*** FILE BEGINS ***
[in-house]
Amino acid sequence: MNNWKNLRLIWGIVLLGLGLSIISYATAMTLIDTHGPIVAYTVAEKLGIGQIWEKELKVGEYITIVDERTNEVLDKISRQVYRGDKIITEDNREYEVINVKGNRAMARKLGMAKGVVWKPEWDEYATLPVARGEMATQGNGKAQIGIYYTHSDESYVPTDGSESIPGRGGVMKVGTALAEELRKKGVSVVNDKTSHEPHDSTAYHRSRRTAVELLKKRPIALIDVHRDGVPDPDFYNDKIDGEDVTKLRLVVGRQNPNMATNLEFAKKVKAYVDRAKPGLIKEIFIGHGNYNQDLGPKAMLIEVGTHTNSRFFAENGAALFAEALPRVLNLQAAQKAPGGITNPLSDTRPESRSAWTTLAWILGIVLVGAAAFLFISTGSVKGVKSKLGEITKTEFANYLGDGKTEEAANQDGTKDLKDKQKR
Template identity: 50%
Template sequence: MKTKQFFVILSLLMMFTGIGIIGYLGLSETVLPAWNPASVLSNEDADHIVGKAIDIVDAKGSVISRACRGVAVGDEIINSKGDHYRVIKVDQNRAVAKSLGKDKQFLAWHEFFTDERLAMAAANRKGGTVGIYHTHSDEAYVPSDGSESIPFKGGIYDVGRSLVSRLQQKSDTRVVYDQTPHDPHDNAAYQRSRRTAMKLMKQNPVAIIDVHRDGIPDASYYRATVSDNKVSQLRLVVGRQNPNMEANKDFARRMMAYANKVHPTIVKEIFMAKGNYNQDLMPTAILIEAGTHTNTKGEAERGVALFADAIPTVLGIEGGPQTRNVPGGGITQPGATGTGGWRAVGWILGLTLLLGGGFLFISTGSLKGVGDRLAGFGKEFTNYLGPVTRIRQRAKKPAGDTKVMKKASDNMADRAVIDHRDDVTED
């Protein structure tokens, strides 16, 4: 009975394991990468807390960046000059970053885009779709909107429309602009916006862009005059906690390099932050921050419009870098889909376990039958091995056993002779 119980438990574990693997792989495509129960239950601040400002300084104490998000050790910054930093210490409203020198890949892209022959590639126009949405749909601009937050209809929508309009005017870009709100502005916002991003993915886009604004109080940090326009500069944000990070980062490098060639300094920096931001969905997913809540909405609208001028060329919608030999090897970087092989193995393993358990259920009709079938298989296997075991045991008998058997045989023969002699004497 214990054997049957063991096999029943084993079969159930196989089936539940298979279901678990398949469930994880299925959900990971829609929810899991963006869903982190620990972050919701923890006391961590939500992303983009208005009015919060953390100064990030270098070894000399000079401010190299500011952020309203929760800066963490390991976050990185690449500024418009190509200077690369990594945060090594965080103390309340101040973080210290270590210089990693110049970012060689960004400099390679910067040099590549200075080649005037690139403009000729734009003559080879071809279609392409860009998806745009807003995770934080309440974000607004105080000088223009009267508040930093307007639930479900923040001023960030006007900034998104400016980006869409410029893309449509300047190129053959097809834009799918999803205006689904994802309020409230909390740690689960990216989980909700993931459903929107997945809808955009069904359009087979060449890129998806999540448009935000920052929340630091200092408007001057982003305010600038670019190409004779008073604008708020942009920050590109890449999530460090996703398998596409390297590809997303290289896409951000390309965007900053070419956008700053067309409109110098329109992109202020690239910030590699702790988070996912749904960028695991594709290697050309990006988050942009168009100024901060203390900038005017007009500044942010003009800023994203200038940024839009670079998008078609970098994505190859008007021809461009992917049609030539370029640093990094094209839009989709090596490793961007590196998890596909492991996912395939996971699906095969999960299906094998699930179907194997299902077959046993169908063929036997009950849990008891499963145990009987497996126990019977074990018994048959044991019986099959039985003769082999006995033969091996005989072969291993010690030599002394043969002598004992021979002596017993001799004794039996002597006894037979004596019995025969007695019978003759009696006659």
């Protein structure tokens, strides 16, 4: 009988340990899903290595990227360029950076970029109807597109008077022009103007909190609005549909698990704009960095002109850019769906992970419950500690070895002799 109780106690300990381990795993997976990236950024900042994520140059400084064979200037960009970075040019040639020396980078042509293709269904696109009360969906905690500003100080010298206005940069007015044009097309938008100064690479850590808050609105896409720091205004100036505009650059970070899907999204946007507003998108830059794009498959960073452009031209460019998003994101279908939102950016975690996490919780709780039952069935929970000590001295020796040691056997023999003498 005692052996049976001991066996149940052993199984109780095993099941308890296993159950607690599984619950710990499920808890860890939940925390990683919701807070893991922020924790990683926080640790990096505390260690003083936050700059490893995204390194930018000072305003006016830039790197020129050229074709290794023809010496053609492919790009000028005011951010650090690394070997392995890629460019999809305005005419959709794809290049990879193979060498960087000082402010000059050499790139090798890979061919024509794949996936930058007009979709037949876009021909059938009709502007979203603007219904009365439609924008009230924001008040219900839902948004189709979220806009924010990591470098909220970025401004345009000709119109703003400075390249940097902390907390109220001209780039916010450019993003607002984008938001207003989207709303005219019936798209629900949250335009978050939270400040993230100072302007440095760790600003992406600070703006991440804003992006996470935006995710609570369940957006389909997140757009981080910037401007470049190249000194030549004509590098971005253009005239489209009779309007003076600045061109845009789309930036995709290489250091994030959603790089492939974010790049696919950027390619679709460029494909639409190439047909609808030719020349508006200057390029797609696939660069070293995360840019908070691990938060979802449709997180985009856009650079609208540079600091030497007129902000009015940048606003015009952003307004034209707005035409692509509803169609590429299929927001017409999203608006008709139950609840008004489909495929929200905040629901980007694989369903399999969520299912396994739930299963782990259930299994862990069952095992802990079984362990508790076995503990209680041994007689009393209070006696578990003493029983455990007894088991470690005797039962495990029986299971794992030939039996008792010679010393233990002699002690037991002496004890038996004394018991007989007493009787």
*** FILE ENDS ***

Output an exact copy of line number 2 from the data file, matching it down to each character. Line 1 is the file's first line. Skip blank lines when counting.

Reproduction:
Amino acid sequence: MNNWKNLRLIWGIVLLGLGLSIISYATAMTLIDTHGPIVAYTVAEKLGIGQIWEKELKVGEYITIVDERTNEVLDKISRQVYRGDKIITEDNREYEVINVKGNRAMARKLGMAKGVVWKPEWDEYATLPVARGEMATQGNGKAQIGIYYTHSDESYVPTDGSESIPGRGGVMKVGTALAEELRKKGVSVVNDKTSHEPHDSTAYHRSRRTAVELLKKRPIALIDVHRDGVPDPDFYNDKIDGEDVTKLRLVVGRQNPNMATNLEFAKKVKAYVDRAKPGLIKEIFIGHGNYNQDLGPKAMLIEVGTHTNSRFFAENGAALFAEALPRVLNLQAAQKAPGGITNPLSDTRPESRSAWTTLAWILGIVLVGAAAFLFISTGSVKGVKSKLGEITKTEFANYLGDGKTEEAANQDGTKDLKDKQKR